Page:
I also wanted a model which would reward me with triggers. For example, Uber rewards users with coupons. Those coupons have to be put into the app before they expire (which requires a time investment from the user). When the coupons are close to expire, they trigger the user into “using” Uber.

Last year I fumbled around with triggers actions, rewards, and investment stages. It took a few weeks to get it down right and this is what my daily routine ended up looking like.

Overview of my daily routine and Hook Model

Wake up, update the Reporter app to jot how I slept along with any dream notes.

Shower — See 10 minute morning routine trigger

In my shower I used clear tape to put up a note identical to the one below:

This would prompt me to think about Tony Robbin’s 10 minute morning routine. It involves breathing exercises, being grateful, and envisioning your success.

“I made a deal with myself: If you don’t have 10 minutes for yourself, you don’t have a life. There’s no excuse. So I have 10 minutes, and I do this little ritual.” — Tony Robbins

After seeing the trigger (i.e. note), I was bound to complete the exercise in the shower. My reward was feeling accomplished and knowing that “I had a life.” It was an easy exercise to get done in the shower and there was no excuse for missing it.

Make tea, walk into workspace — See whiteboard session trigger

When I would enter my workspace I would see three whiteboards. At least one had the words “do you want to imagine a new world?” written on it. This was my hook into one of the most exciting moments of my day.

I would spend 10 minutes in a whiteboard session. This involves random word associations, word splatters, and freestyle creation. It would give me the time to spend thinking about the ideas I want to manifest in the world.

It would give me the freedom to create for a small portion of my day. I wouldn’t have to fear logistics and execution during this time. I wouldn’t have to ask myself what was possible and what wasn’t.

Complete whiteboarding session — see meditation trigger

Next to my whiteboards there was a yoga mat. This was my trigger to meditate for 20 minutes. After meditating I would start with my day.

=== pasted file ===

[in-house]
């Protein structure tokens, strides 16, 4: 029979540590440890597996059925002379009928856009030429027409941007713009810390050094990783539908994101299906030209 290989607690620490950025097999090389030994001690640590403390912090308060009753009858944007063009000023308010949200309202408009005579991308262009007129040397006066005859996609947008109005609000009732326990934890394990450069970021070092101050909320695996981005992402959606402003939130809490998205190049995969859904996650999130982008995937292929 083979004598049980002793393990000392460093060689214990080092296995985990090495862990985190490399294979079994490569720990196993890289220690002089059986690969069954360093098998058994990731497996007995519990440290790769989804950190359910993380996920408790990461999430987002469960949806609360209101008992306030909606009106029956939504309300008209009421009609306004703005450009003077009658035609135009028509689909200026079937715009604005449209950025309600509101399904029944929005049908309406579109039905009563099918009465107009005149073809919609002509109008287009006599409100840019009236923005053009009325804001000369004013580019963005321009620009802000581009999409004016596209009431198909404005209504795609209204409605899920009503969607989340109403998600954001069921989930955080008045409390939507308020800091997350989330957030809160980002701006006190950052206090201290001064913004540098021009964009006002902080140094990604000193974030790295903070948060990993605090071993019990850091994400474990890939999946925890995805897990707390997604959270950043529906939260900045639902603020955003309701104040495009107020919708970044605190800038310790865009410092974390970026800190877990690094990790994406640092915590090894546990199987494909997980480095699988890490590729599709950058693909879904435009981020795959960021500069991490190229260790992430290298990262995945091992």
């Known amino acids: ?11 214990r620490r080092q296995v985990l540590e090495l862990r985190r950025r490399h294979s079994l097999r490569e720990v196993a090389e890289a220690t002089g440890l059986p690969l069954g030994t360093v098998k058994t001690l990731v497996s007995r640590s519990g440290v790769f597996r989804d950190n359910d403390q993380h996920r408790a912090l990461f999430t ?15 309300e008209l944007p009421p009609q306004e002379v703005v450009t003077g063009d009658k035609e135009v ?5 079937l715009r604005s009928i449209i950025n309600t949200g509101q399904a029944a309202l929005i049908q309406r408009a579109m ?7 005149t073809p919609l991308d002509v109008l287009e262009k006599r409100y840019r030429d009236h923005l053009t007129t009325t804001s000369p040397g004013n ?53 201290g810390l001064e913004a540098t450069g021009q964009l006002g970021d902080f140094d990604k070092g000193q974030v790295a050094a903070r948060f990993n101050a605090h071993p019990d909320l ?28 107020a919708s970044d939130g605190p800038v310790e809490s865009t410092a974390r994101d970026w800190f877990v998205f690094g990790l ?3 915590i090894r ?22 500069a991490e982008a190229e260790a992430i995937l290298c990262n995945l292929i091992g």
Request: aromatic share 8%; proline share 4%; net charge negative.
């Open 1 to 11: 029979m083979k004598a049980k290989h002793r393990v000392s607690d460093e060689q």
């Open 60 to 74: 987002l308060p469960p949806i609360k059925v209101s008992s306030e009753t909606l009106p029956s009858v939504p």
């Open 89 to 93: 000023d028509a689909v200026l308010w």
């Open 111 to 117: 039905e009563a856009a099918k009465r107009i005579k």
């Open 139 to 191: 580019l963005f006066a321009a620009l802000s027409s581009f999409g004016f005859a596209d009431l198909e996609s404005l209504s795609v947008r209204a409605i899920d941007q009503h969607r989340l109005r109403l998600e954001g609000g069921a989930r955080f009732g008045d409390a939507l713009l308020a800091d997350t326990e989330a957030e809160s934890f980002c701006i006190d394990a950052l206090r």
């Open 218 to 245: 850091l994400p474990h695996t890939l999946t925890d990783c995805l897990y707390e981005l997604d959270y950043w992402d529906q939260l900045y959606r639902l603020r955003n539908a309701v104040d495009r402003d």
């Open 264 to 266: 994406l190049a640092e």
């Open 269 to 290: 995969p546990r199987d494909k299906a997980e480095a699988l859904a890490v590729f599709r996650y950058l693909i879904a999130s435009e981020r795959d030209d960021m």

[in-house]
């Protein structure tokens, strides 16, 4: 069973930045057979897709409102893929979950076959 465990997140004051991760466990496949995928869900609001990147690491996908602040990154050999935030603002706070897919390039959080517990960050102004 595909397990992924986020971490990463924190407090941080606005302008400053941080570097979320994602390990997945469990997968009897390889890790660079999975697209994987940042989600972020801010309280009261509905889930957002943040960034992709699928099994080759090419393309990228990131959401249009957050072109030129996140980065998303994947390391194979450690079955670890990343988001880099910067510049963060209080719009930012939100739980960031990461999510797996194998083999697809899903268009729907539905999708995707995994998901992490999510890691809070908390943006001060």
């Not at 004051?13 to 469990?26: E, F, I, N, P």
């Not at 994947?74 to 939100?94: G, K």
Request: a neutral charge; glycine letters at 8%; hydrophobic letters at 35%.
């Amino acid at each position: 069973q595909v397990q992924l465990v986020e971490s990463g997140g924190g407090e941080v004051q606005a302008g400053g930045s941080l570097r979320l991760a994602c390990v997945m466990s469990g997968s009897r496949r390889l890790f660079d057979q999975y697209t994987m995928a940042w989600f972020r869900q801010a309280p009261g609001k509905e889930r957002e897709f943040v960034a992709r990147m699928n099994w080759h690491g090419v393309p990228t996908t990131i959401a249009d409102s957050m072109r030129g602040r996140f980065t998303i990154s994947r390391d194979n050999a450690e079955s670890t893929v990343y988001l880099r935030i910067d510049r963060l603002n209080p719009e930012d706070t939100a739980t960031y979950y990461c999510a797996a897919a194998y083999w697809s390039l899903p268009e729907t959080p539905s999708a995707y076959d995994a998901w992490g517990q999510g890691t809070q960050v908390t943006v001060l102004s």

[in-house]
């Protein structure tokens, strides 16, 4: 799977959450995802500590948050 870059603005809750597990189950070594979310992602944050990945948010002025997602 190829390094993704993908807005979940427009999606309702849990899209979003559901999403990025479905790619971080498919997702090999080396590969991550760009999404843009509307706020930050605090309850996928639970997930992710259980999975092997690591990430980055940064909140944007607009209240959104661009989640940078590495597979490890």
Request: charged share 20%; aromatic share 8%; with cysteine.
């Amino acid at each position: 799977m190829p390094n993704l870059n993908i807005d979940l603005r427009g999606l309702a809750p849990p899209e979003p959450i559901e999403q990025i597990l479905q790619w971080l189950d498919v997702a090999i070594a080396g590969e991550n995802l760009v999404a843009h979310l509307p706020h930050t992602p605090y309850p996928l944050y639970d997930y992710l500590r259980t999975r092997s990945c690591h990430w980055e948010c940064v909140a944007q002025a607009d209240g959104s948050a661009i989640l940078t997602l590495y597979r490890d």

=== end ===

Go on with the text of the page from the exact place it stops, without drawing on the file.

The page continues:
My desk was kept clear and free of clutter. It’s proven that clutter cramps productivity. By making my tools accessible, I was more likely to engage in actions that would drive me to my success.

Random triggers throughout the day

I used the Reporter app to ask me me questions throughout the day about what I was currently doing or working on. This triggered me into being productive at times where it caught me off guard. I also used my phone to create an alarm for myself to engage in a method of meditation I invented for myself.

1–10 minute meditation trigger

I would meditate one minute one day. I would actively think about the best ways to go about improving myself and my life.

The next day I would meditate for two minutes. I would continue on until I reached a 10 minute session on the 10th day.

The following day I would meditate 1 minute again, continuing with the pattern.

The benefit of this meditation strengthened my mind and primed me for success. I will write about why I invented this method soon. I will be sure to include details about what it does to your mind when you use it!

Investment of Time, Data, and Analytics

Every single day I invested time into using Toggl to keep track of the actions I was taking towards my success. If that involved writing an email, I would keep track of it and connect it to a respective project. Even though I wasn’t using the time tracked for invoicing, it was still valuable to me.